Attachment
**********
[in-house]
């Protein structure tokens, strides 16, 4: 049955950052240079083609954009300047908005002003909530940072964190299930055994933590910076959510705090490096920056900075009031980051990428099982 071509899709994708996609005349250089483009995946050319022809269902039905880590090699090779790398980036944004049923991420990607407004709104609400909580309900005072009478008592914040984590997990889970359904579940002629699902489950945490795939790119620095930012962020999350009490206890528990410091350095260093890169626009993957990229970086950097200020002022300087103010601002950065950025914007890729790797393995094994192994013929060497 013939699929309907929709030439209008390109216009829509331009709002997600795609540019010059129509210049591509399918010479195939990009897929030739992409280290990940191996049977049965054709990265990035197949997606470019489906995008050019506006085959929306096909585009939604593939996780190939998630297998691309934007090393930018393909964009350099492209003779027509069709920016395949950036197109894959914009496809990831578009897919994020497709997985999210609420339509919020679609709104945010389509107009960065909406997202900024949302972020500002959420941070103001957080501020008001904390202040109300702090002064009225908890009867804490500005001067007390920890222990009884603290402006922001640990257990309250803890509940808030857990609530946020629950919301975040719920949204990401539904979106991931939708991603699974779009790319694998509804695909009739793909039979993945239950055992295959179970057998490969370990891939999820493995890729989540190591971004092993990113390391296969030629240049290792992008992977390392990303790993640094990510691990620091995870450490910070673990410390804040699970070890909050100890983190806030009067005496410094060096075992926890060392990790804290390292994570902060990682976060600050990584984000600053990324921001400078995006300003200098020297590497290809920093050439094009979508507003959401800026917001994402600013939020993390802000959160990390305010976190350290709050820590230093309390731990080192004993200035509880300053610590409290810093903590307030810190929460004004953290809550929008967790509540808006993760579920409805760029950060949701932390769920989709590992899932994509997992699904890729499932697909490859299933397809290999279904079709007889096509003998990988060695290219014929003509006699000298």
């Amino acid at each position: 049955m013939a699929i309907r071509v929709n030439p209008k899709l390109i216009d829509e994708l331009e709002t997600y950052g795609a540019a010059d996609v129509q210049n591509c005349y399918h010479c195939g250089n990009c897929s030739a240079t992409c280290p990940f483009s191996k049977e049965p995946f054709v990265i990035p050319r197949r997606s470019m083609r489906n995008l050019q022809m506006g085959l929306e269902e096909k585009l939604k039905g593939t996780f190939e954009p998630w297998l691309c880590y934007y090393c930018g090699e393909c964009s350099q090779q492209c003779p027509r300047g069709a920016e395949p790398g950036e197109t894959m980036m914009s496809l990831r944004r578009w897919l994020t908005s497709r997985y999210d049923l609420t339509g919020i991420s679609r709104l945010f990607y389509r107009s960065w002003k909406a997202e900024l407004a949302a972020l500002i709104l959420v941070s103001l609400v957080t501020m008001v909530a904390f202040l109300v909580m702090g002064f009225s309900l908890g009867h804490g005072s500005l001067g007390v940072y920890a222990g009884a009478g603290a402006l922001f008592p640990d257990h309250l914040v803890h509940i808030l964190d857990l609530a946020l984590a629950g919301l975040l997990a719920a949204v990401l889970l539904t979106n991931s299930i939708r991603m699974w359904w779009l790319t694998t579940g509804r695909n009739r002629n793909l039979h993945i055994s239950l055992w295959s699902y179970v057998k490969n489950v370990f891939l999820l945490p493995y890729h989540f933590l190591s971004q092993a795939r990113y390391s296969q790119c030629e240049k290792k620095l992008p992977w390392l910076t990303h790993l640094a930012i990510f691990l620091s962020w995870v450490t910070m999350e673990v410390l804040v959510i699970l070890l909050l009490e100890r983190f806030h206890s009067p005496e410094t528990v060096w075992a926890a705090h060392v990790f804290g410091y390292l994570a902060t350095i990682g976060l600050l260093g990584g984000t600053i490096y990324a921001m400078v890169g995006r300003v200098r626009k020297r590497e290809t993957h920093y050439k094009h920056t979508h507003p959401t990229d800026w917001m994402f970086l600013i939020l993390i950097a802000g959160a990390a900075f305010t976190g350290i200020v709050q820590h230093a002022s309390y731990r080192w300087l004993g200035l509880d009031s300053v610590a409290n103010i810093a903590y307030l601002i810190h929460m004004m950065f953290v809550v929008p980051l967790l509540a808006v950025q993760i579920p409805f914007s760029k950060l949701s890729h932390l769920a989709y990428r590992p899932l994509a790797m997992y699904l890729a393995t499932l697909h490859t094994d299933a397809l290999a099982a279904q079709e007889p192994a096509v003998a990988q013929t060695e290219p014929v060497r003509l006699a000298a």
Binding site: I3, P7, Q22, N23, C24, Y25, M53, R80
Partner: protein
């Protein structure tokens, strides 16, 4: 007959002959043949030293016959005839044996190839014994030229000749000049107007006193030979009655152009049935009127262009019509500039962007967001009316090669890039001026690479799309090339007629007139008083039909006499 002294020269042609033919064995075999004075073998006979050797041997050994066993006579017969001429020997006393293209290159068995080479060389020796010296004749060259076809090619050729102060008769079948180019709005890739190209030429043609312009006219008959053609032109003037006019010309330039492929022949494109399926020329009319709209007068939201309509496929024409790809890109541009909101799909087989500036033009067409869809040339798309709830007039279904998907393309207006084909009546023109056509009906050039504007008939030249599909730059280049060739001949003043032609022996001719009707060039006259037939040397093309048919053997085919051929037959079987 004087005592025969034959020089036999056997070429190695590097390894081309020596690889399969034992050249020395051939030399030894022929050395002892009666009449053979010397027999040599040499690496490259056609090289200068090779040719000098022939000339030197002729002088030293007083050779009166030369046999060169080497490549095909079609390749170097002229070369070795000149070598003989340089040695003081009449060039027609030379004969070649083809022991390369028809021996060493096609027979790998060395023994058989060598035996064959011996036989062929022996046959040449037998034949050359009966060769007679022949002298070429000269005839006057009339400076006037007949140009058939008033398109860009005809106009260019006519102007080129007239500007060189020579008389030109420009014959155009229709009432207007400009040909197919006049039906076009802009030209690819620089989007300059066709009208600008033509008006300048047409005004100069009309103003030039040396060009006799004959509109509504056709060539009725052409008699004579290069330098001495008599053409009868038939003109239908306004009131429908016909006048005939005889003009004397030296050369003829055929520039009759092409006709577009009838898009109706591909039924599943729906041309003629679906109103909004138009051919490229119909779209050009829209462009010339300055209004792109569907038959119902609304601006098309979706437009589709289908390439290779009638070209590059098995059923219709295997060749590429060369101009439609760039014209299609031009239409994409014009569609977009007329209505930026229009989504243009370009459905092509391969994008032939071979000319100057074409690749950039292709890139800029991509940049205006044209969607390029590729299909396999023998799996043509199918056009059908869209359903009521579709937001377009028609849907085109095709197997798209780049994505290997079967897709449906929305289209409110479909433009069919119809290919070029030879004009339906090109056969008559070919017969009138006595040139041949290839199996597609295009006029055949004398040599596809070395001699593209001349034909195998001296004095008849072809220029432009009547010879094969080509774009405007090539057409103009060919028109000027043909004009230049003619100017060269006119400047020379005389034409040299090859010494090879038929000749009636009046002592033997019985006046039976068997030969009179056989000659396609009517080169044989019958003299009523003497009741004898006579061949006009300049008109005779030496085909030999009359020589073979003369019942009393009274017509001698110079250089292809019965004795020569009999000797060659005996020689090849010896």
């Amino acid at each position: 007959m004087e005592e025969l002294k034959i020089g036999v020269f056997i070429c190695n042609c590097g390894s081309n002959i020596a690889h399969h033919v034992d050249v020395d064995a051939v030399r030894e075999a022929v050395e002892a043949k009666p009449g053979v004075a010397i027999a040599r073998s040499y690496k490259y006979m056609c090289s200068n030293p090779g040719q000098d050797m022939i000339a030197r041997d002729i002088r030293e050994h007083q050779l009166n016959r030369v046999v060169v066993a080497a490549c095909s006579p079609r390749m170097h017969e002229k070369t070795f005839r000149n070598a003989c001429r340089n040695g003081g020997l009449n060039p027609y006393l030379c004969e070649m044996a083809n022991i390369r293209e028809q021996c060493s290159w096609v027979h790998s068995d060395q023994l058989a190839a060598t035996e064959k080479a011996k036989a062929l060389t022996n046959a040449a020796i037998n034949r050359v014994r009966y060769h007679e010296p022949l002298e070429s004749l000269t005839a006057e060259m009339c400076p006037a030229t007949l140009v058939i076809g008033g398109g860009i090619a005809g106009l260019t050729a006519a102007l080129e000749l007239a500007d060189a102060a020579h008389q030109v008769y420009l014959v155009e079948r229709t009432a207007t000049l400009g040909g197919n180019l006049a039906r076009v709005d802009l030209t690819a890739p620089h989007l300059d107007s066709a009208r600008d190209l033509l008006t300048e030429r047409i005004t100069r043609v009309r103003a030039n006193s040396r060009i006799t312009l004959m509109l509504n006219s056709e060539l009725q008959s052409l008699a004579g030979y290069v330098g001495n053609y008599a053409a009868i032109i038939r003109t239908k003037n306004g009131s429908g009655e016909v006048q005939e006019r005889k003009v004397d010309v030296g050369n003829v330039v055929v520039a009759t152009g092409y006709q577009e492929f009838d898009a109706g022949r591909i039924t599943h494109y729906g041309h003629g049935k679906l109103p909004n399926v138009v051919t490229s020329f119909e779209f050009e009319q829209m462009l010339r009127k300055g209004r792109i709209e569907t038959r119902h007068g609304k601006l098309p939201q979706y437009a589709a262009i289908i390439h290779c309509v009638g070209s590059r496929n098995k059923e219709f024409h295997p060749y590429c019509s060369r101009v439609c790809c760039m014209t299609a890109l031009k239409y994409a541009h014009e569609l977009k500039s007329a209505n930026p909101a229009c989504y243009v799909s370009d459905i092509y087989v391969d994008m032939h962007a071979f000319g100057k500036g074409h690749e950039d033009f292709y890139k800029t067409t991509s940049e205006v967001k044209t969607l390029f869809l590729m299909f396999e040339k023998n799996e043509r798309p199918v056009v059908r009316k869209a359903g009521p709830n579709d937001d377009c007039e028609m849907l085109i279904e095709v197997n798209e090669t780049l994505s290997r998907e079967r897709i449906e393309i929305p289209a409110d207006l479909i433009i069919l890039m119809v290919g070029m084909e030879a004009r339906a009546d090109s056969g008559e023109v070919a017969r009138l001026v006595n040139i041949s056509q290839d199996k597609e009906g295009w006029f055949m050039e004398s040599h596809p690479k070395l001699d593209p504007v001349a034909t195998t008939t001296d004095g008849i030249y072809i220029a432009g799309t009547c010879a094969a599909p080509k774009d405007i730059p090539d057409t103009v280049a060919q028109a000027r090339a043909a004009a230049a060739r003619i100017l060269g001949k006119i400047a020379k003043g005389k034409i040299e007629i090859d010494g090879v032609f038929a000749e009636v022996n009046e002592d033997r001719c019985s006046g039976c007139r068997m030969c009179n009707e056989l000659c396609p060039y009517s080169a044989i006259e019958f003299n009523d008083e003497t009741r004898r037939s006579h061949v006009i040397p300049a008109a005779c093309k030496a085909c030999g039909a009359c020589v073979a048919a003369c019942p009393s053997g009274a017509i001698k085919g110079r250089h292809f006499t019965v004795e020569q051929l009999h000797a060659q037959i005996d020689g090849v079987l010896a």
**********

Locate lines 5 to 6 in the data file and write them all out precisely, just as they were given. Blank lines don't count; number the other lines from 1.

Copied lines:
Partner: protein
């Protein structure tokens, strides 16, 4: 007959002959043949030293016959005839044996190839014994030229000749000049107007006193030979009655152009049935009127262009019509500039962007967001009316090669890039001026690479799309090339007629007139008083039909006499 002294020269042609033919064995075999004075073998006979050797041997050994066993006579017969001429020997006393293209290159068995080479060389020796010296004749060259076809090619050729102060008769079948180019709005890739190209030429043609312009006219008959053609032109003037006019010309330039492929022949494109399926020329009319709209007068939201309509496929024409790809890109541009909101799909087989500036033009067409869809040339798309709830007039279904998907393309207006084909009546023109056509009906050039504007008939030249599909730059280049060739001949003043032609022996001719009707060039006259037939040397093309048919053997085919051929037959079987 004087005592025969034959020089036999056997070429190695590097390894081309020596690889399969034992050249020395051939030399030894022929050395002892009666009449053979010397027999040599040499690496490259056609090289200068090779040719000098022939000339030197002729002088030293007083050779009166030369046999060169080497490549095909079609390749170097002229070369070795000149070598003989340089040695003081009449060039027609030379004969070649083809022991390369028809021996060493096609027979790998060395023994058989060598035996064959011996036989062929022996046959040449037998034949050359009966060769007679022949002298070429000269005839006057009339400076006037007949140009058939008033398109860009005809106009260019006519102007080129007239500007060189020579008389030109420009014959155009229709009432207007400009040909197919006049039906076009802009030209690819620089989007300059066709009208600008033509008006300048047409005004100069009309103003030039040396060009006799004959509109509504056709060539009725052409008699004579290069330098001495008599053409009868038939003109239908306004009131429908016909006048005939005889003009004397030296050369003829055929520039009759092409006709577009009838898009109706591909039924599943729906041309003629679906109103909004138009051919490229119909779209050009829209462009010339300055209004792109569907038959119902609304601006098309979706437009589709289908390439290779009638070209590059098995059923219709295997060749590429060369101009439609760039014209299609031009239409994409014009569609977009007329209505930026229009989504243009370009459905092509391969994008032939071979000319100057074409690749950039292709890139800029991509940049205006044209969607390029590729299909396999023998799996043509199918056009059908869209359903009521579709937001377009028609849907085109095709197997798209780049994505290997079967897709449906929305289209409110479909433009069919119809290919070029030879004009339906090109056969008559070919017969009138006595040139041949290839199996597609295009006029055949004398040599596809070395001699593209001349034909195998001296004095008849072809220029432009009547010879094969080509774009405007090539057409103009060919028109000027043909004009230049003619100017060269006119400047020379005389034409040299090859010494090879038929000749009636009046002592033997019985006046039976068997030969009179056989000659396609009517080169044989019958003299009523003497009741004898006579061949006009300049008109005779030496085909030999009359020589073979003369019942009393009274017509001698110079250089292809019965004795020569009999000797060659005996020689090849010896």